MADDIE: “I liked Jim Castillian! He was so goofy and cracked jokes and made the movie even more enjoyable. He would always introduce himself by saying, ‘I’m Jim Castillian, and that’s with two i’s and two l’s!’ He was so full of himself that he always said it. It just made me smile.”
And I think it’s cool that actor Gary Lockwood, who guest-starred on both bionic shows, turns up as a new character. A nice nod to the past.
|Passing the bionic baton? Not so fast!|
Kate is a paraplegic who is outfitted with experimental bionic implants designed by Rudy Wells, and she’s also close friends with Jim Goldman, Oscar’s nephew, who is played by Jeff Yagher. Jaime is on hand to help Kate adjust to her new condition, while Steve is overseeing security for the World Unity Games, an international sports competition that’s an obvious stand-in for the Olympics. Kate eventually ends up going undercover as an athlete at the Games to root out a traitor within the O.S.I. who is leaking top-secret information—and she faces off against a brutal enemy operative who, it turns out, is also bionic.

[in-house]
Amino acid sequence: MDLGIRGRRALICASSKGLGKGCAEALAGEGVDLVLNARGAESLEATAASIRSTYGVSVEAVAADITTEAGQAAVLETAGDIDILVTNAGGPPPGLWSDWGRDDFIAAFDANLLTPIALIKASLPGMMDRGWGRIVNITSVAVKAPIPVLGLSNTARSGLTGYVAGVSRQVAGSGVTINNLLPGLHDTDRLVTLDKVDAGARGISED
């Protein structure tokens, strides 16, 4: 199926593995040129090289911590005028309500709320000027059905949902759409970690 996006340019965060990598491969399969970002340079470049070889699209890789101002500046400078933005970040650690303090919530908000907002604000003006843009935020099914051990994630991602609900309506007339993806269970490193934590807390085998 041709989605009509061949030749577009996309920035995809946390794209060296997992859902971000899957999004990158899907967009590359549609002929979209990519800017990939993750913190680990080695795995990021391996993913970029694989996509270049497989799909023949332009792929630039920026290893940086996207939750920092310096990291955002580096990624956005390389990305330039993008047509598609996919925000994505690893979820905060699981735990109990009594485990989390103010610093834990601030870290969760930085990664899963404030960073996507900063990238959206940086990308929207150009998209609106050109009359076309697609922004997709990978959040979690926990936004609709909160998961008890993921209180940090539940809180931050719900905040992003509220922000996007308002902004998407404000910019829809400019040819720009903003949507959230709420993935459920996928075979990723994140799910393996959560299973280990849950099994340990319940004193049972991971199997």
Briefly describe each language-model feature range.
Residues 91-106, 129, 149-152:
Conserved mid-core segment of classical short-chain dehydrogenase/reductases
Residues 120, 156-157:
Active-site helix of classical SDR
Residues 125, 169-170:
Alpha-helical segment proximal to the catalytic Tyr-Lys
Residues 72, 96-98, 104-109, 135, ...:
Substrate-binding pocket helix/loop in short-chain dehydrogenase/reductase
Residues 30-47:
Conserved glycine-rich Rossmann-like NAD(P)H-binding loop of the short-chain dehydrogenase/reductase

MADDIE: “I liked Kate Mason, how young she was and how she got to compete in the Games like an Olympic athlete. And I liked the storyline between her and Oscar’s nephew, how they get together. They made a cute couple and I liked how Jim was protective of Kate, even though he wasn’t bionic.”
|Gotta love that combination mullet/pompadour.|
While Steve and Jaime are actively involved in the storyline, and their relationship is taken one step further, the movie is really a showcase for Bullock’s Kate Mason, serving as a pilot for a new Bionic Woman series. But it ultimately didn’t go anywhere and Bullock obviously went on to bigger things.
|Not that Lindsay Wagner could ever look bad, but still...|
|"Steve Austin, I will not honeymoon in Silicon Valley!"|